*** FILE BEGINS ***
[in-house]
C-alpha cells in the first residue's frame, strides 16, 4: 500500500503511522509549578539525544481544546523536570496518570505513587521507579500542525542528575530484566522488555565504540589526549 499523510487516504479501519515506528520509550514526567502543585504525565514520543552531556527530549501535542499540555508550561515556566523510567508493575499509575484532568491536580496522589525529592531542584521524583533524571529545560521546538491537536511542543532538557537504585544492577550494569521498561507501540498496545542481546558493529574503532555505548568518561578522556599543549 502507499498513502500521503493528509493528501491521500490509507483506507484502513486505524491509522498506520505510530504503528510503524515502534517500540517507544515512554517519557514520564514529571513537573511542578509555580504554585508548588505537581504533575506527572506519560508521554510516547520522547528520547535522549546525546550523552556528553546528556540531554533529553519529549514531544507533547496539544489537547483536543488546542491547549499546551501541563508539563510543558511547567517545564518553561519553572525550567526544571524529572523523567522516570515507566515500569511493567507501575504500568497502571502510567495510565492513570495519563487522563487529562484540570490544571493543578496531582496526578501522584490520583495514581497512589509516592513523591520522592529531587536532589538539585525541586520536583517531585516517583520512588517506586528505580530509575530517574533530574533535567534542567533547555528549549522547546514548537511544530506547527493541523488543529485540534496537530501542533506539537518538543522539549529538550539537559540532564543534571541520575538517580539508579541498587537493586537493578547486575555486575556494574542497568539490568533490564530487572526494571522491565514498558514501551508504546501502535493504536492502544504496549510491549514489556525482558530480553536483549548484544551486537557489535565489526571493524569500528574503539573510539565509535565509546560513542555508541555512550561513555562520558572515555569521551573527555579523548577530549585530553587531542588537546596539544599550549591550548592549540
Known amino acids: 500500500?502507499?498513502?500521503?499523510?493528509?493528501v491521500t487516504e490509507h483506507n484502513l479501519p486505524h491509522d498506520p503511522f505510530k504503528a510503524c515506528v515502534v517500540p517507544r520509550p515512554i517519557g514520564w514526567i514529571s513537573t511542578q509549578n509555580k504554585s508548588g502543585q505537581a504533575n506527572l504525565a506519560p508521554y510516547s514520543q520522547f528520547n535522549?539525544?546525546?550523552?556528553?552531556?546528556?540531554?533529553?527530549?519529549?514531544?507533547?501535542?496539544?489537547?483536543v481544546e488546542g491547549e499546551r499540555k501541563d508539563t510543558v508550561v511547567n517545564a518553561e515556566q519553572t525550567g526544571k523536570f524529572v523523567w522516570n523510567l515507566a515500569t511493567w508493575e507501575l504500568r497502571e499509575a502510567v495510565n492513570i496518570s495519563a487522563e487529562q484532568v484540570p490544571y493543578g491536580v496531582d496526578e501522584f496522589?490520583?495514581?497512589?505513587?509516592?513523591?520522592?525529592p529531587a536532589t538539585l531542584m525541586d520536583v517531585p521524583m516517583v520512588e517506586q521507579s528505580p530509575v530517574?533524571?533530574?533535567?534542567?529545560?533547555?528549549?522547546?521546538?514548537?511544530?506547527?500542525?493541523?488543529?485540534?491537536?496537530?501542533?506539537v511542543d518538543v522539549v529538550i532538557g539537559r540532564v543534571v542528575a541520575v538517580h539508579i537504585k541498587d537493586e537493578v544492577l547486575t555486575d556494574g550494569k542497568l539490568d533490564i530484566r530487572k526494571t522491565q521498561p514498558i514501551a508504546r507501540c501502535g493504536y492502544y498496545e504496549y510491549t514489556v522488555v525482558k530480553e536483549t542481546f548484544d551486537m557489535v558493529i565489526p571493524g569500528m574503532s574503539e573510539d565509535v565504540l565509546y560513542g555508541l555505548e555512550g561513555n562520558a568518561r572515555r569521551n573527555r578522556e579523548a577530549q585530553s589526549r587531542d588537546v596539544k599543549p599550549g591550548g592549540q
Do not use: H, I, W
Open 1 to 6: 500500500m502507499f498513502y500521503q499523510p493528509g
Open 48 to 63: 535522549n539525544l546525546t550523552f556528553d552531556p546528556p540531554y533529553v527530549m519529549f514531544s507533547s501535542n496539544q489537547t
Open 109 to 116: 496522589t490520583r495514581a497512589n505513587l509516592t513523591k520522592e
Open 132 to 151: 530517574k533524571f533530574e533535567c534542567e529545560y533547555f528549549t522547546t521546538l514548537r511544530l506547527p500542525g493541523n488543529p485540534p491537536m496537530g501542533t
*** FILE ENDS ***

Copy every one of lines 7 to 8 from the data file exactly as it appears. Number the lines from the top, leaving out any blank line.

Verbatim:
Open 109 to 116: 496522589t490520583r495514581a497512589n505513587l509516592t513523591k520522592e
Open 132 to 151: 530517574k533524571f533530574e533535567c534542567e529545560y533547555f528549549t522547546t521546538l514548537r511544530l506547527p500542525g493541523n488543529p485540534p491537536m496537530g501542533t